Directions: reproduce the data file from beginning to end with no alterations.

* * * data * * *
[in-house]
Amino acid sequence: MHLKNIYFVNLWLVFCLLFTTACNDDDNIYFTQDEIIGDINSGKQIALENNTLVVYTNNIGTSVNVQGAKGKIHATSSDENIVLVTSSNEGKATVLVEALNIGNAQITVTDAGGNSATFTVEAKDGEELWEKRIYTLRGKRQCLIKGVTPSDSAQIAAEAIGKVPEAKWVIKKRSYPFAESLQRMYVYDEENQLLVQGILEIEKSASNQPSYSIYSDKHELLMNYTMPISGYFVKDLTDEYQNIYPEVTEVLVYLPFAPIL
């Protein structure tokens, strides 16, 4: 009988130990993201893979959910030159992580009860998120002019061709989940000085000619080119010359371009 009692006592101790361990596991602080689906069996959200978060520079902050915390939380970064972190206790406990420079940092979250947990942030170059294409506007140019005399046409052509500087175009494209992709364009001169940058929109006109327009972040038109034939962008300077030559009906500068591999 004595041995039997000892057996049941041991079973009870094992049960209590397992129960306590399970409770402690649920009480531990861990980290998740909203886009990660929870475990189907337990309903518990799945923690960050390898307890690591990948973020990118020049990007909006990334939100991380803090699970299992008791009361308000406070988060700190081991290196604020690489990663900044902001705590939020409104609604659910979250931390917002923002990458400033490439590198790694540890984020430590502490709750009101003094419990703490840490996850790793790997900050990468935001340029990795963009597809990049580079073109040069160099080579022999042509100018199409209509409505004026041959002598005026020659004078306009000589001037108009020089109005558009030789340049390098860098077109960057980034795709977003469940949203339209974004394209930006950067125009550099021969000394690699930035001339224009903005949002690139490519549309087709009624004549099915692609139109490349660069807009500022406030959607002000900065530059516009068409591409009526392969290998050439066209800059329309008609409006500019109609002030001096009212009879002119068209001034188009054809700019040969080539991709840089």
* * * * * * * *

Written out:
[in-house]
Amino acid sequence: MHLKNIYFVNLWLVFCLLFTTACNDDDNIYFTQDEIIGDINSGKQIALENNTLVVYTNNIGTSVNVQGAKGKIHATSSDENIVLVTSSNEGKATVLVEALNIGNAQITVTDAGGNSATFTVEAKDGEELWEKRIYTLRGKRQCLIKGVTPSDSAQIAAEAIGKVPEAKWVIKKRSYPFAESLQRMYVYDEENQLLVQGILEIEKSASNQPSYSIYSDKHELLMNYTMPISGYFVKDLTDEYQNIYPEVTEVLVYLPFAPIL
């Protein structure tokens, strides 16, 4: 009988130990993201893979959910030159992580009860998120002019061709989940000085000619080119010359371009 009692006592101790361990596991602080689906069996959200978060520079902050915390939380970064972190206790406990420079940092979250947990942030170059294409506007140019005399046409052509500087175009494209992709364009001169940058929109006109327009972040038109034939962008300077030559009906500068591999 004595041995039997000892057996049941041991079973009870094992049960209590397992129960306590399970409770402690649920009480531990861990980290998740909203886009990660929870475990189907337990309903518990799945923690960050390898307890690591990948973020990118020049990007909006990334939100991380803090699970299992008791009361308000406070988060700190081991290196604020690489990663900044902001705590939020409104609604659910979250931390917002923002990458400033490439590198790694540890984020430590502490709750009101003094419990703490840490996850790793790997900050990468935001340029990795963009597809990049580079073109040069160099080579022999042509100018199409209509409505004026041959002598005026020659004078306009000589001037108009020089109005558009030789340049390098860098077109960057980034795709977003469940949203339209974004394209930006950067125009550099021969000394690699930035001339224009903005949002690139490519549309087709009624004549099915692609139109490349660069807009500022406030959607002000900065530059516009068409591409009526392969290998050439066209800059329309008609409006500019109609002030001096009212009879002119068209001034188009054809700019040969080539991709840089």